BACKGROUND: Cervical cancer is the third most frequent cancer among women worldwide. Human papillomavirus (HPV) infection is a necessary risk factor and the first step in cervical carcinogenesis. MATERIAL AND METHODS: This article reviews the current literature concerning the possibility of preventing cervical cancer by HPV testing and vaccination. RESULTS: HPV testing cannot replace cytology, but will reduce false negative cytology and may improve the screening programme for cervical neoplasia. It has not yet been incorporated in any national cervical cancer screening program, but trials are ongoing in Scandinavia and in the Netherlands. The cost-effectiveness of HPV testing in screening has to be proven and whether it can affect the recommended screening-intervals. Therapeutic and prophylactic vaccines for HPV associated disease are in progress. Evaluating the clinical trials that are ongoing will take several years. Several anti-HPV vaccines are now in clinical trials; Norway will also participate. Therapeutic vaccines against cervical cancer have so far not been successful, but anogenital dysplasias and condylomas may be more susceptible. Prophylactic vaccines against HPV 6, 11, 16 and 18 have been evaluated in clinical phase I and II trials, and phase III trials are in progress. INTERPRETATION: HPV testing improves the specificity and sensitivity of cervical cytology and it can be used to clarify cases with atypical cells of undetermined significance (ASCUS) and low-grade intraepithelial neoplasia. In the near future it may also be included in the cervical cancer screening programme for women above the age of 30. The first results in clinical vaccine trials are encouraging, and final conclusions about the effectiveness of these vaccines may be achieved in five years' time.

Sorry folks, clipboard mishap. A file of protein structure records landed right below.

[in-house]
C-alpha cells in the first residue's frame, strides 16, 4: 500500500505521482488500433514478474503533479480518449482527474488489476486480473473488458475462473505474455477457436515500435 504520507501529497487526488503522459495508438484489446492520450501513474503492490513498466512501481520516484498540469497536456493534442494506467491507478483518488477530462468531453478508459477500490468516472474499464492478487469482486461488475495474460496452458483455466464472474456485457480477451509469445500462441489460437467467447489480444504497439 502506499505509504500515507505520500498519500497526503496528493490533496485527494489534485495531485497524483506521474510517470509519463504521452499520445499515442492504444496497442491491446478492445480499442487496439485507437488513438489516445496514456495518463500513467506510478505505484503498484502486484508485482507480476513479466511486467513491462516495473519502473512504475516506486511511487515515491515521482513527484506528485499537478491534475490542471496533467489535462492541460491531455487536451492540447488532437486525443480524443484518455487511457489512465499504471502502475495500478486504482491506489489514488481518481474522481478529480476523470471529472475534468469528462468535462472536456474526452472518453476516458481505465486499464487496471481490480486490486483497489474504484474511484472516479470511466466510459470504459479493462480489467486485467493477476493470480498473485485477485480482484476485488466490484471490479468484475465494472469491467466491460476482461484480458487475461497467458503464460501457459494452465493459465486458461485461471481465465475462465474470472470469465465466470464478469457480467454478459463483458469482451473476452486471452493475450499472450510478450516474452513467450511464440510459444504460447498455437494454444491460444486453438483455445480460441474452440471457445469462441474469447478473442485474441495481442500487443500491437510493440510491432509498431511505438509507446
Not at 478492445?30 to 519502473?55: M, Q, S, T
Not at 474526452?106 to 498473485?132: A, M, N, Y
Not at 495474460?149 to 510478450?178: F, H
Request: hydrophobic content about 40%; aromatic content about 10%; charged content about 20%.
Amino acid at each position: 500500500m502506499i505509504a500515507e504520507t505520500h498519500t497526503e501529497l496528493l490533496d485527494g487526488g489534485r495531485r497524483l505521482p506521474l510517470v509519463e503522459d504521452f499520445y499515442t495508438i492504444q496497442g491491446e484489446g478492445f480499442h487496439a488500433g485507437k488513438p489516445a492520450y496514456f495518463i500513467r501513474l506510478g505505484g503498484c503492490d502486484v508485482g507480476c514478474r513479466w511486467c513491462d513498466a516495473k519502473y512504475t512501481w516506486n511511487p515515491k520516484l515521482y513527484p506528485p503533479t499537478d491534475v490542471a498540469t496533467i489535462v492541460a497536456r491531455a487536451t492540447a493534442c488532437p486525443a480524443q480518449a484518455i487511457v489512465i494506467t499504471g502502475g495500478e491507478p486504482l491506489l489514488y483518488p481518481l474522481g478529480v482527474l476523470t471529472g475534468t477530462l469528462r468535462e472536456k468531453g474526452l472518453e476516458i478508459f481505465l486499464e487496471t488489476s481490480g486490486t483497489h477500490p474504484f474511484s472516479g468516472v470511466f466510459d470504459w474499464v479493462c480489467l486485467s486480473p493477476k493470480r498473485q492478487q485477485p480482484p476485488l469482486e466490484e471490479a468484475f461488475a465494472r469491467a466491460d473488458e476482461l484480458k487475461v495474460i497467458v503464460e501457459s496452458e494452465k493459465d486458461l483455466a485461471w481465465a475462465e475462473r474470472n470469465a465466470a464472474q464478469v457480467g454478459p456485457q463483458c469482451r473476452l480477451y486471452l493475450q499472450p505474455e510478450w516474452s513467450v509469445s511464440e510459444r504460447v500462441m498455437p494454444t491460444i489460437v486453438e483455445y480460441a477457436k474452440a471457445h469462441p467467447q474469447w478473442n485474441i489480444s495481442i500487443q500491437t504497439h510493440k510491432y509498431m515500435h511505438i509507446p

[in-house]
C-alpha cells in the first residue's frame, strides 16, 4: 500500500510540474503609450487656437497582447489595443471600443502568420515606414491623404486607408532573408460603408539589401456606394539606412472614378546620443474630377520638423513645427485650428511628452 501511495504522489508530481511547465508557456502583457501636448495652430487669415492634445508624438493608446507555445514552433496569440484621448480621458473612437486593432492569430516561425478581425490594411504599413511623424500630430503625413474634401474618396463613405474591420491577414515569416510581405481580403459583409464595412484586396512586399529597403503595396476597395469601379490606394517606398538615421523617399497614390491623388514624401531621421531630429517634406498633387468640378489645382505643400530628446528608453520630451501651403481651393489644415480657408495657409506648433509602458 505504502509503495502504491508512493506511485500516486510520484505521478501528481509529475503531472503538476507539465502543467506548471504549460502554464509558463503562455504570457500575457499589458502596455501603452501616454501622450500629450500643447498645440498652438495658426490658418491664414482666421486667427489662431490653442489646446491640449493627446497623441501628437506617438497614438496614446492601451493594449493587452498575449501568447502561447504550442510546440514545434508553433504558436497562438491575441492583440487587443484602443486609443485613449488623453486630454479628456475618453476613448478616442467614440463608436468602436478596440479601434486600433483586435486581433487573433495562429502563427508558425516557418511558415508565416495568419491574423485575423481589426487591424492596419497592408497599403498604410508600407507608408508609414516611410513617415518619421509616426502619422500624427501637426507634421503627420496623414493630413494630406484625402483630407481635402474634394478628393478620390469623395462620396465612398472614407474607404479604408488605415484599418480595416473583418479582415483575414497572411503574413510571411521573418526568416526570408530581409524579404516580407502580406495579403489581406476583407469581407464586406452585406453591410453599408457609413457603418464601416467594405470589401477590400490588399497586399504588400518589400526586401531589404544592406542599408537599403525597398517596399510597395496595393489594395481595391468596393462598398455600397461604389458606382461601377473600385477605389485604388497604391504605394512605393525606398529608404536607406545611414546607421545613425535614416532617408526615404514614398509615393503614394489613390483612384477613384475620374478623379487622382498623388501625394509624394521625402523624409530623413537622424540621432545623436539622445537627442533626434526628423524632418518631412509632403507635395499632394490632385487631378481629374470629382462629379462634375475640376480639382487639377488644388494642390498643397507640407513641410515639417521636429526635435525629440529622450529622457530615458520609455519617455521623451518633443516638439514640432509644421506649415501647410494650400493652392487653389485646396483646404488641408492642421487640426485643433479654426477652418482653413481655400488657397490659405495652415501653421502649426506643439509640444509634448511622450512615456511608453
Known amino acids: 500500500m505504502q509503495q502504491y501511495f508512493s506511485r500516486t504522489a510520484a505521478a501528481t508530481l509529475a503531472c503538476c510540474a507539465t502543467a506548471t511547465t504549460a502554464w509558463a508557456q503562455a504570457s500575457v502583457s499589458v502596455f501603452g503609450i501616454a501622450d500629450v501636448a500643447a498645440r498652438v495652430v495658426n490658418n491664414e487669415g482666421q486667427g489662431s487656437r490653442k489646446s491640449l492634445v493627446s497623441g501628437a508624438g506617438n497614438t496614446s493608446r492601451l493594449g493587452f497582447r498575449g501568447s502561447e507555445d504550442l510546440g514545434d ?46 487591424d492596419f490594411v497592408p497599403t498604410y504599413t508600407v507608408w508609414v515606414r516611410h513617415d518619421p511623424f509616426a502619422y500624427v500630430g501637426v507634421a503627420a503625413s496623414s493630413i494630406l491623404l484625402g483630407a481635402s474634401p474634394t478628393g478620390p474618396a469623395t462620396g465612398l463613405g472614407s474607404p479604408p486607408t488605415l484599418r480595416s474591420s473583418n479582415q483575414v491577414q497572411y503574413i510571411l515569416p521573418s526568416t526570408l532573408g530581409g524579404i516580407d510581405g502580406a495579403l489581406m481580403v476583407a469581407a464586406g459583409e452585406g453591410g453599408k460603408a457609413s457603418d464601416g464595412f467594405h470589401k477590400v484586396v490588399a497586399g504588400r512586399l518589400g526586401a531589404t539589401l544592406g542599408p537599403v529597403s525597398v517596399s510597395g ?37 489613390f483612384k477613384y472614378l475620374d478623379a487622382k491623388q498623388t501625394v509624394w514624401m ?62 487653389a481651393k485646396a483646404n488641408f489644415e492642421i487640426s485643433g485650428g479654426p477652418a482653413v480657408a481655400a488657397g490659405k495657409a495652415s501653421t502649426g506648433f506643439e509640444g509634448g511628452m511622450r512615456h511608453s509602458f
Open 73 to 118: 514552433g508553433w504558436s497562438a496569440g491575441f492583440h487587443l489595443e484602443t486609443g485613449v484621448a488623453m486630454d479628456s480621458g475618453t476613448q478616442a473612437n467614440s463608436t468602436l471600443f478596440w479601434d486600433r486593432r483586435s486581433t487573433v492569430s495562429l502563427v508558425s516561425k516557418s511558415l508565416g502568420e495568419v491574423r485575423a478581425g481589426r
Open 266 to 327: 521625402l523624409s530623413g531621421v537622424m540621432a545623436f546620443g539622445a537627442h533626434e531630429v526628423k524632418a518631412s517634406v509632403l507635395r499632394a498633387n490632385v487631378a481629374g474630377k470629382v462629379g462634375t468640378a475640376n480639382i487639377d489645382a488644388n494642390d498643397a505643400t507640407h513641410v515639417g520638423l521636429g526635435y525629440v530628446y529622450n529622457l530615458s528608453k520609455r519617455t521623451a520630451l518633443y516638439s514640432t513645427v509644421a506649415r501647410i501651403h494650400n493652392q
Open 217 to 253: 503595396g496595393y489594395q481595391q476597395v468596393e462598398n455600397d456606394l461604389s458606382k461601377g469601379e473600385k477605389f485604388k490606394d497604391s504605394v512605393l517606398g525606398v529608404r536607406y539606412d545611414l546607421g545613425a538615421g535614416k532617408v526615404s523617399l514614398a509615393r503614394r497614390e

PubMed ID
11715778 View in PubMed
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[Chlamydia trachomatis and Neisseria gonorrhoeae among women seeking abortion in Norway. Results from a nationwide study].

https://arctichealth.org/en/permalink/ahliterature223579
Source
Tidsskr Nor Laegeforen. 1992 Jun 20;112(16):2082-4
Publication Type
Article
Date
Jun-20-1992
Author
F E Skjeldestad
F. Jerve
Author Affiliation
Kvinneklinikken, Regionsykehuset i Trondheim.
Source
Tidsskr Nor Laegeforen. 1992 Jun 20;112(16):2082-4
Date
Jun-20-1992
Language
Norwegian
Publication Type
Article
Keywords
Abortion Applicants - statistics & numerical data
Adult
Chlamydia Infections - epidemiology
Chlamydia trachomatis - isolation & purification
Female
Gonorrhea - epidemiology
Humans
Mass Screening
Neisseria gonorrhoeae - isolation & purification
Norway - epidemiology
Pregnancy